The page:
The Kurdish people are ethnically and linguistically akin to Iranians. They number between 24 and 27 million worldwide, with about half in Turkey, a quarter in Iran and a sixth in Iraq - the majority living in the mountainous regions around the common border of these three nations. A further one million are in Syria, many of them having migrated down from Anatolia.

Three quarters of Kurds are Sunni Muslims. The remainder, mostly in central Anatolia, are Alevi, a branch of the Shi'ite faith with influences from the Zoroastrian and Turkic Shaman religions dating back 3,500 years. Many belong to Sufi mystic brotherhoods, another pre-Islamic tie.

Their languages form a branch of the Indo-European Farsi family, but differ from one another in some cases as much as English and German do. Turkic and Arabic influences are evident, and there are also many distinct 'Kurdish' words. Some Kurdish dialects have more in common with Farsi than they do with other Kurdish dialects.

Kurdish tribes, in fact, were on the receiving end of attacks from Sumer (Iraq) over 4,000 years ago. But little is really known of their history until the advent of Islam in the seventh century. The ninth century found them fighting alongside the (doomed) Sassanians of Persia, and they were soon absorbed into the Islamic Empire.

They frequently rebelled against their Arab rulers however, and in 866 actually captured the city of Mosul. At the same time, Kurds remained prominent in the Arab campaigns against Christian Byzantium, Armenia and the Crusades. Though they often grated with the Turkmen alongside whom they fought, they produced similarly fine officers, notably the great Saladin al-Din of Tikrit (Northern Iraq). Saladin routed the Crusades in the 12th century and founded the Ayyubid Dynasty which spanned Egypt, Syria, Yemen, Iraq, Mecca and Diyarbakir (southern Turkey).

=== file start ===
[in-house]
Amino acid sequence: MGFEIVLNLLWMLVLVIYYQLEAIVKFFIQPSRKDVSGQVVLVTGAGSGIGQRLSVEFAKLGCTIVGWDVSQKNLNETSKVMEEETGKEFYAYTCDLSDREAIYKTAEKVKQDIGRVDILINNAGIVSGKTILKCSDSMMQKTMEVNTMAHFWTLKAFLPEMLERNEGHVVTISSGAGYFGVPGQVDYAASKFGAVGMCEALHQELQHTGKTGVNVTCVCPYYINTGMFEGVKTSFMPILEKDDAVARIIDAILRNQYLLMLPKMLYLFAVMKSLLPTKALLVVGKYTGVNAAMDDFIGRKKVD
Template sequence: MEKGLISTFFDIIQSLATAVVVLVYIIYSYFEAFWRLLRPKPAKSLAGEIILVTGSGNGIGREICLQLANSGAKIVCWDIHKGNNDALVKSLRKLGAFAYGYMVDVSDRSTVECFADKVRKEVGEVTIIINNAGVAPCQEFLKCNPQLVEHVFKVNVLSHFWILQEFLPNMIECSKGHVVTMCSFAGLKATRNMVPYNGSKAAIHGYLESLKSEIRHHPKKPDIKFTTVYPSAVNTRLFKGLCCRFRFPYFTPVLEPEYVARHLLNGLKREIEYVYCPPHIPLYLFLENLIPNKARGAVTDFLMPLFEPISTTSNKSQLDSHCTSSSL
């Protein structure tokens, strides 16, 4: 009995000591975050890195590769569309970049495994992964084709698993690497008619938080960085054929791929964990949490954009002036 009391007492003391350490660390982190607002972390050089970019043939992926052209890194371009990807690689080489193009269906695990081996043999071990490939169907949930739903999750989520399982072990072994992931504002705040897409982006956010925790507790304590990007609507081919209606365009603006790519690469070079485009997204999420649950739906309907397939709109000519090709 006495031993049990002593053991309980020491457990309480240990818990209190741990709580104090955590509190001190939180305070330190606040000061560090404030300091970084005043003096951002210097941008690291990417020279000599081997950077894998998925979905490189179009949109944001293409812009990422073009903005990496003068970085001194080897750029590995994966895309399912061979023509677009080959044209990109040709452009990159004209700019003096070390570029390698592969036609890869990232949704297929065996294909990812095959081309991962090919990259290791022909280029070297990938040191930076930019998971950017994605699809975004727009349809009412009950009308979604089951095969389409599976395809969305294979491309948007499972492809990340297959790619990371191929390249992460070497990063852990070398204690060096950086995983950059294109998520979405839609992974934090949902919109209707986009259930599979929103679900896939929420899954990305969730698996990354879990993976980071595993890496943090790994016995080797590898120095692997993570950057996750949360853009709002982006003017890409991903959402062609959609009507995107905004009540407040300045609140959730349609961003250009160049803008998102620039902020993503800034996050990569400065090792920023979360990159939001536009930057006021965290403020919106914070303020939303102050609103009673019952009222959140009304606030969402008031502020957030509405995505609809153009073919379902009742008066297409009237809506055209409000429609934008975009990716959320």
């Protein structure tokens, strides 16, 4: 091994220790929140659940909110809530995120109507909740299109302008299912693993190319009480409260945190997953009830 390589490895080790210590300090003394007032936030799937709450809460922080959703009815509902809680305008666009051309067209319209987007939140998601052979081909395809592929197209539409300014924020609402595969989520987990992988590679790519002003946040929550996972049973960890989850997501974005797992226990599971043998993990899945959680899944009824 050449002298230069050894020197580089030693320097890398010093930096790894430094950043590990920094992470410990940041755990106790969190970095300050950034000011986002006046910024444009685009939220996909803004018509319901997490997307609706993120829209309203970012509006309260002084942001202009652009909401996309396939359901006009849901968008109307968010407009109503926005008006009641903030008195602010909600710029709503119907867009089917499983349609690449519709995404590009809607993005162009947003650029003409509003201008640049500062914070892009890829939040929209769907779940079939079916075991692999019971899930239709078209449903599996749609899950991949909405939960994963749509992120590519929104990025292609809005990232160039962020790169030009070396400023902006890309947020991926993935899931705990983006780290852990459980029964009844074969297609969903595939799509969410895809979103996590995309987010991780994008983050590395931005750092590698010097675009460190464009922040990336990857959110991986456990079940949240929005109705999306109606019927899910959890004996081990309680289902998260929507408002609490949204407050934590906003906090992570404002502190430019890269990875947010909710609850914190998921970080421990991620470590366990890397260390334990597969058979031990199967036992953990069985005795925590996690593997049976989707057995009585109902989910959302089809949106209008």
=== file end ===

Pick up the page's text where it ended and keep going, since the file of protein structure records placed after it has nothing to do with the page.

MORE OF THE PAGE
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Re: Last countries without rugby

Postby Canalina » Tue, 24 Mar 2020, 09:38

According to this article from nine months ago there's still not a North Macedonia rugby federation.
The Skopje Wild Boars (translated by google sometime Wild Boars, sometime Wild Boats, sometime Wild Eyes and sometime Wild Eggs...) are the only club in the country and on July 2019 they hosted a tournament (7s ?) with clubs from Kosovo, Greece and Bulgaria, both men's and women's. The girls playing rugby in the country are anyway too few to form a team and a pair of months before that tournament the Wild Boars men's team played a friendly with a club from Pec (Kosovo) but it was 10 vs 10. So the number of rugby men in North Macedonia seems still very tiny. They had not a young section at the time of the article
https://www.slobodenpecat.mk/posilni-sm ... od-skopje/

Meanwhile the "Macedonia Rugby Federation" facebook page makes 10 years: they created the jersey for the national team and... stop
https://www.facebook.com/Рагби-Македонија-Rugby-Macedonia-309094498246/